Photo reportage from the exhibition ‘Blindspots’ by Artur Żmijewski at the Riga Pauls Stradiņš Museum for History of Medicine

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Curator Māris Vītols (on the left) and Artur Żmijewski

Blindspots at the Riga Pauls Stradiņš Museum for History of Medicine is the first solo exhibition by the internationally acclaimed Polish artist Artur Żmijewski in Baltic countries. The title of the exhibition references the approach dominating Żmijewski’s oeuvre, namely, his belief that art should illuminate the blind spots in the society’s field of vision ‒ the areas which, according to him, attract insufficient attention. The artist is convinced that contemporary art has to be “socially applied”; it should attempt to change the values of society, “infect” various parts of the social system just like viruses infect an organism[1]. Żmijewski’s works primarily focus on those social groups whose are most frequently subjected to risks of exclusion (for example, the disabled, destitute people, prisoners, etc.).

The solo exhibition Blindspots by Artur Żmijewski assembles and exposes artist’s films and photos dedicated to representation of people with disabilities and their integration capabilities in today’s society. In his works the artist calls for recognition and respect for the otherness of disabled people, including their right for self-expression. One of the meanings of the term “blind spots” denotes subjects that is very difficult to understand[2], things that demand effort and immersion to be perceived and understood. In Żmijewski’s opinion accepting the otherness of other people is a very hard task, sometimes because we do not make the necessary effort or we do not feel inclined to.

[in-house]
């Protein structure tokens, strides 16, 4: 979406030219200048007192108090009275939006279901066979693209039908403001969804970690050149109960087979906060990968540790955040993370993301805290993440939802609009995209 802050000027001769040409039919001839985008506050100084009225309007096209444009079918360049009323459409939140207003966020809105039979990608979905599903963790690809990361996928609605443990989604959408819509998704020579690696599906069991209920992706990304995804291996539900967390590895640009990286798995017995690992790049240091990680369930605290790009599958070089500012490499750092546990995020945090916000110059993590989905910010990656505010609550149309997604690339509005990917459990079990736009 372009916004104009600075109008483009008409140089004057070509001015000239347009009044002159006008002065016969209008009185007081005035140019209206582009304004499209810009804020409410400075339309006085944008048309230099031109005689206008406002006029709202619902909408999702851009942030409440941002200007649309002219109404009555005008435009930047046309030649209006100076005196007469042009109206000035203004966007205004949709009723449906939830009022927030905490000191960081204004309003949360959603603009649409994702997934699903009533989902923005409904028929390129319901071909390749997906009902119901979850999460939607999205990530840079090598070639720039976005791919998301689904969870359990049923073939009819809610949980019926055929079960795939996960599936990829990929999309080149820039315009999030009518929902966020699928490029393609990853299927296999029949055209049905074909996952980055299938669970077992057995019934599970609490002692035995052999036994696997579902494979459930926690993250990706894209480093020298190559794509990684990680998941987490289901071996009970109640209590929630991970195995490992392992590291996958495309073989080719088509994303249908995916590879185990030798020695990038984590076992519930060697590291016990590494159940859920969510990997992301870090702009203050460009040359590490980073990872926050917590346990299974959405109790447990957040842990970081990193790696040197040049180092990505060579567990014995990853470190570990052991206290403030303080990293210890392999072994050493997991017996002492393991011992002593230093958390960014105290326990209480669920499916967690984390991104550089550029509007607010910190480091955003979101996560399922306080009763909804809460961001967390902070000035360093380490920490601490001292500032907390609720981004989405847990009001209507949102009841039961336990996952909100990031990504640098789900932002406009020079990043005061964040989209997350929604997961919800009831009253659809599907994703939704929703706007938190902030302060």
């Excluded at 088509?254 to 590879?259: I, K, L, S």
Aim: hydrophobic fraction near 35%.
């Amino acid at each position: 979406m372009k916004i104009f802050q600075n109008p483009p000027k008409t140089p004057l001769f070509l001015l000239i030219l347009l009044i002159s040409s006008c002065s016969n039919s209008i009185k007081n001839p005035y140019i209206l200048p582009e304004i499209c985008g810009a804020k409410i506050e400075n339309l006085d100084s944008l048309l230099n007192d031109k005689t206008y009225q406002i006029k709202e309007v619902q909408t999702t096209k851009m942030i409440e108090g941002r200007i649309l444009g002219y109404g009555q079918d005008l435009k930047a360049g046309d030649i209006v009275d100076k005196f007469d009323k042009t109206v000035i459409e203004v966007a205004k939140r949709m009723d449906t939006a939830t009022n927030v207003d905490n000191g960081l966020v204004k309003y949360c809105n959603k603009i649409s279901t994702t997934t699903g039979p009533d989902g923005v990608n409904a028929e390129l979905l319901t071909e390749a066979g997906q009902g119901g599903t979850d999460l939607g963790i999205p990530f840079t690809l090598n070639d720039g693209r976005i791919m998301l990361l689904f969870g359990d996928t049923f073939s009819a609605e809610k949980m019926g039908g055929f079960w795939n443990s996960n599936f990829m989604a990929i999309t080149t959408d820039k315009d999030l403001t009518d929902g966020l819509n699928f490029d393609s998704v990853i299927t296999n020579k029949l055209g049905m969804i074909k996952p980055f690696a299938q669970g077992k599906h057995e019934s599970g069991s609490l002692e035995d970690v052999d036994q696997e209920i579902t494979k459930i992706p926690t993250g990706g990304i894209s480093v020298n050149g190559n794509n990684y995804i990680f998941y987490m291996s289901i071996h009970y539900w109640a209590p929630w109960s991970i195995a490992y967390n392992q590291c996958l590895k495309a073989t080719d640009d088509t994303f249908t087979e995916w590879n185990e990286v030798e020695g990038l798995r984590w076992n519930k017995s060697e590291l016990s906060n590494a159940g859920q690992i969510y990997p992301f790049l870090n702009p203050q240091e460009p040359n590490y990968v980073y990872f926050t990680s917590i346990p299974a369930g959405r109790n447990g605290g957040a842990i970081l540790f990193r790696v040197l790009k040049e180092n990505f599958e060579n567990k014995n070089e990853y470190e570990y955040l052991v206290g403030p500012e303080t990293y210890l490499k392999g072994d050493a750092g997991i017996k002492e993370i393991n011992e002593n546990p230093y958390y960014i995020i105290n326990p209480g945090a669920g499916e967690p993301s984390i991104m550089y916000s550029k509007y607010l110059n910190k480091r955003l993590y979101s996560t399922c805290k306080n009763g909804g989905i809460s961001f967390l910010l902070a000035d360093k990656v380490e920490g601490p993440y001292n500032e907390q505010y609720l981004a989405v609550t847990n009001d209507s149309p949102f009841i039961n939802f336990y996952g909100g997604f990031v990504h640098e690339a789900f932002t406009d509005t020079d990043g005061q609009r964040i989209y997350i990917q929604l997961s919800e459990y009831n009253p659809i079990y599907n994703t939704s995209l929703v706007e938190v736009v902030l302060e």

In his works, Żmijewski brings to the foreground the social model of disability, raising public awareness of the fact that limitations are caused not by disability but by the society and the barriers it erects, restricting the lives of people with disabilities. The artist involves disabled people in various practices (for instance, holding choral singing sessions for the deaf or painting workshops for the blind), not only encouraging them to transcend the boundaries of their everyday experiences, but also calling for the viewers to question the roles normally assigned to people with disabilities. Like a skilled surgeon, Żmijewski makes exact incisions in the viewers’ perception, striving to release the disabled from the stifling grip of prejudice to which the preconceptions of their fellow men have confined them. In his films, the artist provides the disabled with a platform of self-expression, giving them a voice; he invites us to see them, hear them and accept their otherness.